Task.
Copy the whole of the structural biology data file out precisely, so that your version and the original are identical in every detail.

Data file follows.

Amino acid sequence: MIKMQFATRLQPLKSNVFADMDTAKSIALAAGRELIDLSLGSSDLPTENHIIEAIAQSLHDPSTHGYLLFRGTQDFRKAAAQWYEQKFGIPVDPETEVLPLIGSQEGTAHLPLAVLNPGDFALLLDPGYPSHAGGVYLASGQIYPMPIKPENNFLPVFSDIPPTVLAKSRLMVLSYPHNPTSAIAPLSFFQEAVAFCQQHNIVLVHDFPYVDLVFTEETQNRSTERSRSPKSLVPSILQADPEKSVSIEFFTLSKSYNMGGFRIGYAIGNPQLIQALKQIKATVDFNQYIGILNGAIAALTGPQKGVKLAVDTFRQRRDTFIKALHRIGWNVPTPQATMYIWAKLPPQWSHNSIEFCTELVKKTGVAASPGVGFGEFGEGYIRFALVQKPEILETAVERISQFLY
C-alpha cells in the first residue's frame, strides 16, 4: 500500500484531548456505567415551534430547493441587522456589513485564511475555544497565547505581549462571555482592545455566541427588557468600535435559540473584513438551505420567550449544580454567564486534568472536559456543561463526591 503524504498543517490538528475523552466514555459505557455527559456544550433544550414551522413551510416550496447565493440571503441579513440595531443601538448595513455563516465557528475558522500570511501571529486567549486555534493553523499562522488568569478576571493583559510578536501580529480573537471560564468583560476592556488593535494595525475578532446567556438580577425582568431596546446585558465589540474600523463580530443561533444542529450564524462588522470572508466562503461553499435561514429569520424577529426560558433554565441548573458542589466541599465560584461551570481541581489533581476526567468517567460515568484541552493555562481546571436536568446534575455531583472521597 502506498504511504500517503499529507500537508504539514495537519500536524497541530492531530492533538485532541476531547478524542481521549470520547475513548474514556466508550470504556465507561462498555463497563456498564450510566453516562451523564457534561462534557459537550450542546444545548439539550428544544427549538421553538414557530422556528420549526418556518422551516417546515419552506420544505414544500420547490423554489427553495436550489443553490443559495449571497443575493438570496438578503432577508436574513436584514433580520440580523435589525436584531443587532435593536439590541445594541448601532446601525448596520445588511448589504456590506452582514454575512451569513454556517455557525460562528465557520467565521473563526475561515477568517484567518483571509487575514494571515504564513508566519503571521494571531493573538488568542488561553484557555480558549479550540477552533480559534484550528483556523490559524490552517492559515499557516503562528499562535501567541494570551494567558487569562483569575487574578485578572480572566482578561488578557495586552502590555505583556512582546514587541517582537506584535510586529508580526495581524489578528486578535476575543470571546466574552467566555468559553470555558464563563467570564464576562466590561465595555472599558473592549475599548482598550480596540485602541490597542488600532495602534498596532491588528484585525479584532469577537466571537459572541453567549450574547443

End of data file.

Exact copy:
Amino acid sequence: MIKMQFATRLQPLKSNVFADMDTAKSIALAAGRELIDLSLGSSDLPTENHIIEAIAQSLHDPSTHGYLLFRGTQDFRKAAAQWYEQKFGIPVDPETEVLPLIGSQEGTAHLPLAVLNPGDFALLLDPGYPSHAGGVYLASGQIYPMPIKPENNFLPVFSDIPPTVLAKSRLMVLSYPHNPTSAIAPLSFFQEAVAFCQQHNIVLVHDFPYVDLVFTEETQNRSTERSRSPKSLVPSILQADPEKSVSIEFFTLSKSYNMGGFRIGYAIGNPQLIQALKQIKATVDFNQYIGILNGAIAALTGPQKGVKLAVDTFRQRRDTFIKALHRIGWNVPTPQATMYIWAKLPPQWSHNSIEFCTELVKKTGVAASPGVGFGEFGEGYIRFALVQKPEILETAVERISQFLY
C-alpha cells in the first residue's frame, strides 16, 4: 500500500484531548456505567415551534430547493441587522456589513485564511475555544497565547505581549462571555482592545455566541427588557468600535435559540473584513438551505420567550449544580454567564486534568472536559456543561463526591 503524504498543517490538528475523552466514555459505557455527559456544550433544550414551522413551510416550496447565493440571503441579513440595531443601538448595513455563516465557528475558522500570511501571529486567549486555534493553523499562522488568569478576571493583559510578536501580529480573537471560564468583560476592556488593535494595525475578532446567556438580577425582568431596546446585558465589540474600523463580530443561533444542529450564524462588522470572508466562503461553499435561514429569520424577529426560558433554565441548573458542589466541599465560584461551570481541581489533581476526567468517567460515568484541552493555562481546571436536568446534575455531583472521597 502506498504511504500517503499529507500537508504539514495537519500536524497541530492531530492533538485532541476531547478524542481521549470520547475513548474514556466508550470504556465507561462498555463497563456498564450510566453516562451523564457534561462534557459537550450542546444545548439539550428544544427549538421553538414557530422556528420549526418556518422551516417546515419552506420544505414544500420547490423554489427553495436550489443553490443559495449571497443575493438570496438578503432577508436574513436584514433580520440580523435589525436584531443587532435593536439590541445594541448601532446601525448596520445588511448589504456590506452582514454575512451569513454556517455557525460562528465557520467565521473563526475561515477568517484567518483571509487575514494571515504564513508566519503571521494571531493573538488568542488561553484557555480558549479550540477552533480559534484550528483556523490559524490552517492559515499557516503562528499562535501567541494570551494567558487569562483569575487574578485578572480572566482578561488578557495586552502590555505583556512582546514587541517582537506584535510586529508580526495581524489578528486578535476575543470571546466574552467566555468559553470555558464563563467570564464576562466590561465595555472599558473592549475599548482598550480596540485602541490597542488600532495602534498596532491588528484585525479584532469577537466571537459572541453567549450574547443